Cooking in Indonesia: From the pot to the plate
Lontong, oseng-oseng and Tempe Bacam sounds like beautiful landscapes in some remote country.
Actually, it remains to the taste buds of the great traveler, some of the well-known traditional Indonesian dishes. The rice cakes with peanut sauce, coconut-milk based soups, fried soy toasted with spices, simmered vegetables and fresh fish and meat with gravy should definitely tempt you if you travel in this country.
A woman is walking across the pasar (market), along stalls full of flavours and colours: durian, cumin, rambutan, ginger, papaya, chilies, sawo... Something gets her attention and she stops, she stares at the vegetables, spices, meats, fish and soy imaging their heavenly taste. It’s also time to get news from the area. After tough bargaining, the housewife has all the ingredients she needs and the cooking can begin.
How do you cook?
In the countryside, a woman cooks from 45 minutes to one hour in the morning, standing up or sitting down near their pot, watching the meal simmering and wielding a long spoon to stir the food.
Once the woman has finished preparing the meal, it’s time to process the palm sugar.
For this the traditional stove can be used during four to eight hours. It is an activity widespread in Indonesia and is generally done by women either as a primary or secondary income source for their family.
A palm sugar producer stated that they can save 50% of the processing time with Improved Cookstoves (ICS): that saves 2 hours per day for his wife. The woman quickly abandons the traditional cookstove and the brand new stove is gladly welcomed in their home.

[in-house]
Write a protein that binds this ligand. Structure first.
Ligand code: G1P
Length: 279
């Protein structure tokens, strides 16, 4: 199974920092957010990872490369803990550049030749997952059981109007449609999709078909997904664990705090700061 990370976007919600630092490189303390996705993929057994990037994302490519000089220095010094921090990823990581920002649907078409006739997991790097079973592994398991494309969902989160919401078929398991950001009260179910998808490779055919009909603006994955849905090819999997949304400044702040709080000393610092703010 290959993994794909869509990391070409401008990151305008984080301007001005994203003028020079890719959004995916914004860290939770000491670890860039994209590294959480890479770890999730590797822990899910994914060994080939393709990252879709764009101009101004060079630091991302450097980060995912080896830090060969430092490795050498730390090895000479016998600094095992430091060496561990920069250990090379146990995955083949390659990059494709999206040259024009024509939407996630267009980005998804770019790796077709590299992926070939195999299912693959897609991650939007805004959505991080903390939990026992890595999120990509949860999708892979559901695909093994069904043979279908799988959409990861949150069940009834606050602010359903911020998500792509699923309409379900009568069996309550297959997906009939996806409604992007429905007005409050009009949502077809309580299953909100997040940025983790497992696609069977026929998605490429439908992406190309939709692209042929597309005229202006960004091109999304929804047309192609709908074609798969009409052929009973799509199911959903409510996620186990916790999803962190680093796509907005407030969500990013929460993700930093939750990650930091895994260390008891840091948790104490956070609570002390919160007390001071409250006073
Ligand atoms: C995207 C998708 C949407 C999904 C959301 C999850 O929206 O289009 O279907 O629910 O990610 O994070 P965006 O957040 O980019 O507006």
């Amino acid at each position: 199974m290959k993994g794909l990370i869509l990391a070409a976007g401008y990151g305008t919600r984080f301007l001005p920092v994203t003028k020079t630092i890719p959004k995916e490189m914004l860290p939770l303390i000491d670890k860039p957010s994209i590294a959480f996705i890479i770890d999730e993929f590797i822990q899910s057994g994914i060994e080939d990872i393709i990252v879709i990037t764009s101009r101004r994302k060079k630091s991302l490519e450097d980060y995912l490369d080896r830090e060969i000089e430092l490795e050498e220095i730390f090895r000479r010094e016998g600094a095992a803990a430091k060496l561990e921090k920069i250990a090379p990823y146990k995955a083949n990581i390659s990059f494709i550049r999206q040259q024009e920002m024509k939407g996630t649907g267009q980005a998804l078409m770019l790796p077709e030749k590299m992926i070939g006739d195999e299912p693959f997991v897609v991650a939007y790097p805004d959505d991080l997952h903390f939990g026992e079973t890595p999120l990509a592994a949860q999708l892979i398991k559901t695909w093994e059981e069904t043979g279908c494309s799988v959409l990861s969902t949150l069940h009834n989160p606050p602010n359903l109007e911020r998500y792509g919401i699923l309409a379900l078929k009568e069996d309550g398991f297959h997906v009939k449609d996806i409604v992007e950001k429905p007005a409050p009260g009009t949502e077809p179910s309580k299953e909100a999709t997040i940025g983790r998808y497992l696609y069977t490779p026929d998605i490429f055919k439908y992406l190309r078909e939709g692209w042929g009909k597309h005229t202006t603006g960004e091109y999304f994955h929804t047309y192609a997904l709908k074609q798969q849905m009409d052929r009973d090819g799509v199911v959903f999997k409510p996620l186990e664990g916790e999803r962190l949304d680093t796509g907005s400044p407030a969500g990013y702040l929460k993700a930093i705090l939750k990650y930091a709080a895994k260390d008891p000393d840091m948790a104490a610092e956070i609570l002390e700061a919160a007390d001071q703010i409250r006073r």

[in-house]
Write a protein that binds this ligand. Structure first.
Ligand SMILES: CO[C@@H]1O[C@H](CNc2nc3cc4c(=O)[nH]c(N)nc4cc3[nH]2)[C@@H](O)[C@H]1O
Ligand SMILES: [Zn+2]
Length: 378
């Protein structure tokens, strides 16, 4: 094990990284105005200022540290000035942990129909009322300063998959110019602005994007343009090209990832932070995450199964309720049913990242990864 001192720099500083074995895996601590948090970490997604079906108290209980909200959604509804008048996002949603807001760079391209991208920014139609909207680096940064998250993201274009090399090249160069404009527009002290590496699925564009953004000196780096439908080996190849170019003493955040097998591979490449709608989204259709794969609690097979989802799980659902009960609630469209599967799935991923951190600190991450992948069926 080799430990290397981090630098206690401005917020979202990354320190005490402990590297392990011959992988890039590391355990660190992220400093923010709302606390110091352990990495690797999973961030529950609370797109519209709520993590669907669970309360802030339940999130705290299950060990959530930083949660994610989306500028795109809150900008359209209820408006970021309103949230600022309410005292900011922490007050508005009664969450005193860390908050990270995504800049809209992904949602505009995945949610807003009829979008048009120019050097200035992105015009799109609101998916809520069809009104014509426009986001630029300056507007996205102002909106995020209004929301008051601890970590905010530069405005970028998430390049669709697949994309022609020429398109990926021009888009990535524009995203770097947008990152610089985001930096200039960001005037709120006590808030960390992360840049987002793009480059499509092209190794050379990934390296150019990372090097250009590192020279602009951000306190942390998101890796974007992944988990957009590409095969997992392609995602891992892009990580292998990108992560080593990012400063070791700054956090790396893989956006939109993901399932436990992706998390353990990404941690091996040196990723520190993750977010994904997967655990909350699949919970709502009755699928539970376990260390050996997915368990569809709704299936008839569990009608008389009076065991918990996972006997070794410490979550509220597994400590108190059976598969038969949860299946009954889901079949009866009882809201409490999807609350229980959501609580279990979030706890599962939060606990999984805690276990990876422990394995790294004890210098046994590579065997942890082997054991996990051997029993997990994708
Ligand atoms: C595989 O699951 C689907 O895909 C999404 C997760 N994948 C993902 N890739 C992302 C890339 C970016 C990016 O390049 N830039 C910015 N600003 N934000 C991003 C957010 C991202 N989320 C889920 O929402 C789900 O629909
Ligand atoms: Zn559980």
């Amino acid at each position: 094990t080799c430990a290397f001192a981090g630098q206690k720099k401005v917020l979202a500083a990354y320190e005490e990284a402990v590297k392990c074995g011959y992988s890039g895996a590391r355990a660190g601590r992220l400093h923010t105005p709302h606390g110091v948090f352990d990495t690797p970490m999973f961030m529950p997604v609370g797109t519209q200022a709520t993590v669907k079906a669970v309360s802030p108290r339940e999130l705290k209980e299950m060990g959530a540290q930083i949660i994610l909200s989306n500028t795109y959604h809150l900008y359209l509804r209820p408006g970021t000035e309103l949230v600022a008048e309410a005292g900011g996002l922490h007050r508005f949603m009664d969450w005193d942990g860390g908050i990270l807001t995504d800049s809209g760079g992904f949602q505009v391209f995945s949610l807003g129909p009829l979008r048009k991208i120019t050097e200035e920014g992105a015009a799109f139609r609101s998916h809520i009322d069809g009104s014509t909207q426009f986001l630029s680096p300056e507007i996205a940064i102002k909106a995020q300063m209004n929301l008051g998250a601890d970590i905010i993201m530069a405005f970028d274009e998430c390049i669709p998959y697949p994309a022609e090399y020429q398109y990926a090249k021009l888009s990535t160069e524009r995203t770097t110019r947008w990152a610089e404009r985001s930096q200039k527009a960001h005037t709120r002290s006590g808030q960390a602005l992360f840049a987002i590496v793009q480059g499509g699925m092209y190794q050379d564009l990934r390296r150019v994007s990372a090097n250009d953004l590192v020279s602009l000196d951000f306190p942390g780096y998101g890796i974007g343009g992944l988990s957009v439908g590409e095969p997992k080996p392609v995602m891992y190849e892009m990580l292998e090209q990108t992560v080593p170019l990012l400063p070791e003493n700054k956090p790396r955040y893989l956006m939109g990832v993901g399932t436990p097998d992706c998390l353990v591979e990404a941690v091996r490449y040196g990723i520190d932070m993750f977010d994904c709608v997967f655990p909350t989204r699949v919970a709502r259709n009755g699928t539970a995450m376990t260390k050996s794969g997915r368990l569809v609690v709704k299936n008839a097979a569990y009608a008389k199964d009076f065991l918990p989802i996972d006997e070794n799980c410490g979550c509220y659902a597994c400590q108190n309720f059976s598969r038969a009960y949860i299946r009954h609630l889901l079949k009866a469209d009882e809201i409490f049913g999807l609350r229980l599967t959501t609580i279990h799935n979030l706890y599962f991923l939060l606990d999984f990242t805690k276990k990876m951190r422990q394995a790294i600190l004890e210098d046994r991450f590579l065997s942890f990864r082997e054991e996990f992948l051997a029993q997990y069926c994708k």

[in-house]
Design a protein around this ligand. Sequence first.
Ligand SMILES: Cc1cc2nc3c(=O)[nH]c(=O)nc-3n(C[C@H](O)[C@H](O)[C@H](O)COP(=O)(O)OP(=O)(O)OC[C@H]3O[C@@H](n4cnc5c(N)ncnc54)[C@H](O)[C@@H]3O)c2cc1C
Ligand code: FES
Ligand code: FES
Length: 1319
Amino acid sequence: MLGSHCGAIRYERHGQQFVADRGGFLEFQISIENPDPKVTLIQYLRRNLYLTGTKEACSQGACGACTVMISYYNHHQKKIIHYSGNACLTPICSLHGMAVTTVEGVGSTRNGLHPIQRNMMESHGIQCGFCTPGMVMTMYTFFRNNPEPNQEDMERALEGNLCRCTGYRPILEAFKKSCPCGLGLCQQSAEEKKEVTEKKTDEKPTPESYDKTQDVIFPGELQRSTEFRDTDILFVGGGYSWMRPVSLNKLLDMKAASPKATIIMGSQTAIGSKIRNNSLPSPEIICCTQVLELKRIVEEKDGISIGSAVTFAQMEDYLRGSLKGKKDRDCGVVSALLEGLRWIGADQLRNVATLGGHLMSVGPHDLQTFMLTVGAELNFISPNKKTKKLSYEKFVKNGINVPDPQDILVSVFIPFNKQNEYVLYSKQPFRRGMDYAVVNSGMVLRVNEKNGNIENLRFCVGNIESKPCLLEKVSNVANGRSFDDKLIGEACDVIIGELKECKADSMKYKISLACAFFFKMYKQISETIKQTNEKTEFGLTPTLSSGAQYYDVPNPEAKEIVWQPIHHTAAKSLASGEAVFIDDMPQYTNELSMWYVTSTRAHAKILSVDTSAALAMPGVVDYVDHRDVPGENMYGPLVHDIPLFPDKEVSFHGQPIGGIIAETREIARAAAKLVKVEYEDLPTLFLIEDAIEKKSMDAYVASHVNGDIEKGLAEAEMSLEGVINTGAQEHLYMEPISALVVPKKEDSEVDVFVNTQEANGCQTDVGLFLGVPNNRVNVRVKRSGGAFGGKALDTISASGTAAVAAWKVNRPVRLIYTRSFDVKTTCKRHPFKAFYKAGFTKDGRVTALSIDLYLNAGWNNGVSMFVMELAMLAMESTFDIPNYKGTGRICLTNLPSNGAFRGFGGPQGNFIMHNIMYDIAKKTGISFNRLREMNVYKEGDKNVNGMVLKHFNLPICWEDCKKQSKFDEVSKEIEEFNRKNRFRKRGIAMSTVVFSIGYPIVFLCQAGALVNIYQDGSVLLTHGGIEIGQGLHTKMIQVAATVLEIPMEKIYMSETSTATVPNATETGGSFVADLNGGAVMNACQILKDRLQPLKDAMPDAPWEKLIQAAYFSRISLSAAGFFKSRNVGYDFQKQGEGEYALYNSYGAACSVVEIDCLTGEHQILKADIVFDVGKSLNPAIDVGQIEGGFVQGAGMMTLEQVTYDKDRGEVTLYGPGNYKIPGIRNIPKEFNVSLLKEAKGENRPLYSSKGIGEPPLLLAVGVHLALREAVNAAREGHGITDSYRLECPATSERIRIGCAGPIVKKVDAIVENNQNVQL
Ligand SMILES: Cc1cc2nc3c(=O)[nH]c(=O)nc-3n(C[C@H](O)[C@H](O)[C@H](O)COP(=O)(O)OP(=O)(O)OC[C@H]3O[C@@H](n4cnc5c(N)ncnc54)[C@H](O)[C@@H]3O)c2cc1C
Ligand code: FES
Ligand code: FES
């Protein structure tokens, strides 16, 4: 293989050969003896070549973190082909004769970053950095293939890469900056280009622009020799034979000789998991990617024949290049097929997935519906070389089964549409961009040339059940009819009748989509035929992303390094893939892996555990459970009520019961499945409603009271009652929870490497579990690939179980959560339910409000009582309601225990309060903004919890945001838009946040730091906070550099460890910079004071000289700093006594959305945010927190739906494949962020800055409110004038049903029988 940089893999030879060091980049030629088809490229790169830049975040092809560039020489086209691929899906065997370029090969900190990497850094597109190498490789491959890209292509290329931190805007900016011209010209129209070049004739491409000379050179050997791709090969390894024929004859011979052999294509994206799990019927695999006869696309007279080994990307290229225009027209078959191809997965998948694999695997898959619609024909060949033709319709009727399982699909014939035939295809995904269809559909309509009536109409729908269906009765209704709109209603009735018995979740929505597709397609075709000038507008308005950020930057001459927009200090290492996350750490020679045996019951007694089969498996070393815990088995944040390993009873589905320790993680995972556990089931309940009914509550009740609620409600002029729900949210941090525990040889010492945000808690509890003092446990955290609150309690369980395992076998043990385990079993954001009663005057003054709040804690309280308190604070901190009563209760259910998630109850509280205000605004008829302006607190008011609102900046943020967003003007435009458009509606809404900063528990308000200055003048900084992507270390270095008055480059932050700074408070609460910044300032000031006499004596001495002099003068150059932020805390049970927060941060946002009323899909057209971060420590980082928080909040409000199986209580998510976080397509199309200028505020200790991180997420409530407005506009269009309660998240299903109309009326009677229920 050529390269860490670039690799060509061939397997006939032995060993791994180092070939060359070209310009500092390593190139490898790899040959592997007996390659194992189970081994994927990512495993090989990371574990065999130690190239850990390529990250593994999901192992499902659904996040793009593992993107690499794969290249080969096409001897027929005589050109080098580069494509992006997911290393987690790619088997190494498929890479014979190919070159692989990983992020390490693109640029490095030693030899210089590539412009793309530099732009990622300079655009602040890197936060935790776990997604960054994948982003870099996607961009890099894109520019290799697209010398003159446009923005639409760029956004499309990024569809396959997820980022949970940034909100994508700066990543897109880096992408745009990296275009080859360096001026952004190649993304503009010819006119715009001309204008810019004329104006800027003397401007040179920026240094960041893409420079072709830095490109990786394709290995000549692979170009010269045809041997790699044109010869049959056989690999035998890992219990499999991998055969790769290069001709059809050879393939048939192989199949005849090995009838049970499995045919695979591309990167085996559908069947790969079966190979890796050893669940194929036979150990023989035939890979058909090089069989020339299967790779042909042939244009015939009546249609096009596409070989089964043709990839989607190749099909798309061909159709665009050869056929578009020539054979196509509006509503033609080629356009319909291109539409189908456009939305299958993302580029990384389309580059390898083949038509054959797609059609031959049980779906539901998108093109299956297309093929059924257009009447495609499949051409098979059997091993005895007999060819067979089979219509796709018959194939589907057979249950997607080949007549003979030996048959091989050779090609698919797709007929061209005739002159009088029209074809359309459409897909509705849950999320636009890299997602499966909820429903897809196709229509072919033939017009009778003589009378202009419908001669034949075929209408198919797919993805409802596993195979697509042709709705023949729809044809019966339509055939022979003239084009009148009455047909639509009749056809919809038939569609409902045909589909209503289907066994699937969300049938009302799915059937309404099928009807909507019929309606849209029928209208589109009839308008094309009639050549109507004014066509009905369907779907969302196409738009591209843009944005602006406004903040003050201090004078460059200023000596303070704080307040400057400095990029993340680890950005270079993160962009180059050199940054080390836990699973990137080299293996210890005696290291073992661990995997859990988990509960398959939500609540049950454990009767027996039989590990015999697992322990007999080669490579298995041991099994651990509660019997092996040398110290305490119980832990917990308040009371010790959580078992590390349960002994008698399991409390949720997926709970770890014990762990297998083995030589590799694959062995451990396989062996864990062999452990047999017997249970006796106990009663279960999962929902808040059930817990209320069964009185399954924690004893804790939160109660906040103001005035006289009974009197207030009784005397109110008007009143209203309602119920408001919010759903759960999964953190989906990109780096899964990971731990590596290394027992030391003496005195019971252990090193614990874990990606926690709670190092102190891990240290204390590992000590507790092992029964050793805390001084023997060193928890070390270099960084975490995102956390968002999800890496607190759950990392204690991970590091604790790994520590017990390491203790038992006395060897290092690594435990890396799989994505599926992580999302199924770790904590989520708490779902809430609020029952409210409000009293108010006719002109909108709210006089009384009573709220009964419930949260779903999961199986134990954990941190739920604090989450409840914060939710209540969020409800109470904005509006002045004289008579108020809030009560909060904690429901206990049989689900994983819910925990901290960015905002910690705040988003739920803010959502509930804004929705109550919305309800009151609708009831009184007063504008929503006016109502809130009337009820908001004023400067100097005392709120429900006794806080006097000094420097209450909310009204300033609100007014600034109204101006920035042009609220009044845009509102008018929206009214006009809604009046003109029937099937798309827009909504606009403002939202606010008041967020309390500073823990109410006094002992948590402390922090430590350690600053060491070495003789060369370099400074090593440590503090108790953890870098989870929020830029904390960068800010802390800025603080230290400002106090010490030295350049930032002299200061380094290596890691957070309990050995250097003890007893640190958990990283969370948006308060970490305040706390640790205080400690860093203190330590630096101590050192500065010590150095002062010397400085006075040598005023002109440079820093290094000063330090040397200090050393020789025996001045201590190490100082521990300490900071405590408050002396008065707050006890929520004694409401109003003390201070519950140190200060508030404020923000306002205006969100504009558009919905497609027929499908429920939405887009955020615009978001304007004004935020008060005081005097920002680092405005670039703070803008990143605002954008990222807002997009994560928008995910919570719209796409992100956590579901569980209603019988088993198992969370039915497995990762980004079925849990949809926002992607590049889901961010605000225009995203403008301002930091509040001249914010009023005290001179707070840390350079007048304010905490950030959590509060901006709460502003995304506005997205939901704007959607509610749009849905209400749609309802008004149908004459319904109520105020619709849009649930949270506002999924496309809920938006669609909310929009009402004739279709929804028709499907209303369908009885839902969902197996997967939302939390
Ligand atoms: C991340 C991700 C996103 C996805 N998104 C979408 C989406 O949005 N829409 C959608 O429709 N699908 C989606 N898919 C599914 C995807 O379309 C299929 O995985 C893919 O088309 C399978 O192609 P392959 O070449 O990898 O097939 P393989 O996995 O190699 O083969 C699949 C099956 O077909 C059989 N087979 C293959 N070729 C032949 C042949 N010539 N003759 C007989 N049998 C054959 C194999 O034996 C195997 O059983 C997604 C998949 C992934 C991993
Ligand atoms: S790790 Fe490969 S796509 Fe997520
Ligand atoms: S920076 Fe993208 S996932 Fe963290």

Rural and Urban areas
It should be kept in mind that life is very different in rural and urban areas. In the city, people are used to waking up early to go to work and they can’t afford to waste time cooking. They reheat most of their meals which have usually been cooked the day before. Also, a lot of the time they own LPG stoves. Improved Cookstoves may not be a suitable device for all those living in the city; however some do find the time to cook traditional meals on charcoal as a reminder of their heritage. Where these stoves are most effective are for those living in the peri-urban and rural areas where access to energy is limited.
We must take into consideration the culture, the cooking habits and the income to better understand. To adapt to one particular context is key for proposing the right device to people who need Improved Cookstoves.